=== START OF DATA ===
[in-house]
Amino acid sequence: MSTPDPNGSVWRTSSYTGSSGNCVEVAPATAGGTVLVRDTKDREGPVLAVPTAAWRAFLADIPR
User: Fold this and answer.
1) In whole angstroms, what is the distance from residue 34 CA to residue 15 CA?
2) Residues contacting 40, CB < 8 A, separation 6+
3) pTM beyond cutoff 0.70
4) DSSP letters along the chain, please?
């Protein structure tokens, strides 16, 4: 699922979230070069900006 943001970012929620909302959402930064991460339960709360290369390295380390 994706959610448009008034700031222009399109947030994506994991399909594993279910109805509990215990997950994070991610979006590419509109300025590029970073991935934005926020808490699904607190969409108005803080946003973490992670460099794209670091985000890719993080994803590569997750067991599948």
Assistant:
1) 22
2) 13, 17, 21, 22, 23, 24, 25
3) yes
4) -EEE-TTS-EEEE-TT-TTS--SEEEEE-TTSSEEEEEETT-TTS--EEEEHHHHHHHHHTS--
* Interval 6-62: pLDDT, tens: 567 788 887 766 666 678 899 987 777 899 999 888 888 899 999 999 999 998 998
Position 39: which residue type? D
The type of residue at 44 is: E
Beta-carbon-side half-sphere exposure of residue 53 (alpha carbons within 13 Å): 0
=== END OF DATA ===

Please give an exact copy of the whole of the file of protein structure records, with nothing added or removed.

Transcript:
[in-house]
Amino acid sequence: MSTPDPNGSVWRTSSYTGSSGNCVEVAPATAGGTVLVRDTKDREGPVLAVPTAAWRAFLADIPR
User: Fold this and answer.
1) In whole angstroms, what is the distance from residue 34 CA to residue 15 CA?
2) Residues contacting 40, CB < 8 A, separation 6+
3) pTM beyond cutoff 0.70
4) DSSP letters along the chain, please?
């Protein structure tokens, strides 16, 4: 699922979230070069900006 943001970012929620909302959402930064991460339960709360290369390295380390 994706959610448009008034700031222009399109947030994506994991399909594993279910109805509990215990997950994070991610979006590419509109300025590029970073991935934005926020808490699904607190969409108005803080946003973490992670460099794209670091985000890719993080994803590569997750067991599948």
Assistant:
1) 22
2) 13, 17, 21, 22, 23, 24, 25
3) yes
4) -EEE-TTS-EEEE-TT-TTS--SEEEEE-TTSSEEEEEETT-TTS--EEEEHHHHHHHHHTS--
* Interval 6-62: pLDDT, tens: 567 788 887 766 666 678 899 987 777 899 999 888 888 899 999 999 999 998 998
Position 39: which residue type? D
The type of residue at 44 is: E
Beta-carbon-side half-sphere exposure of residue 53 (alpha carbons within 13 Å): 0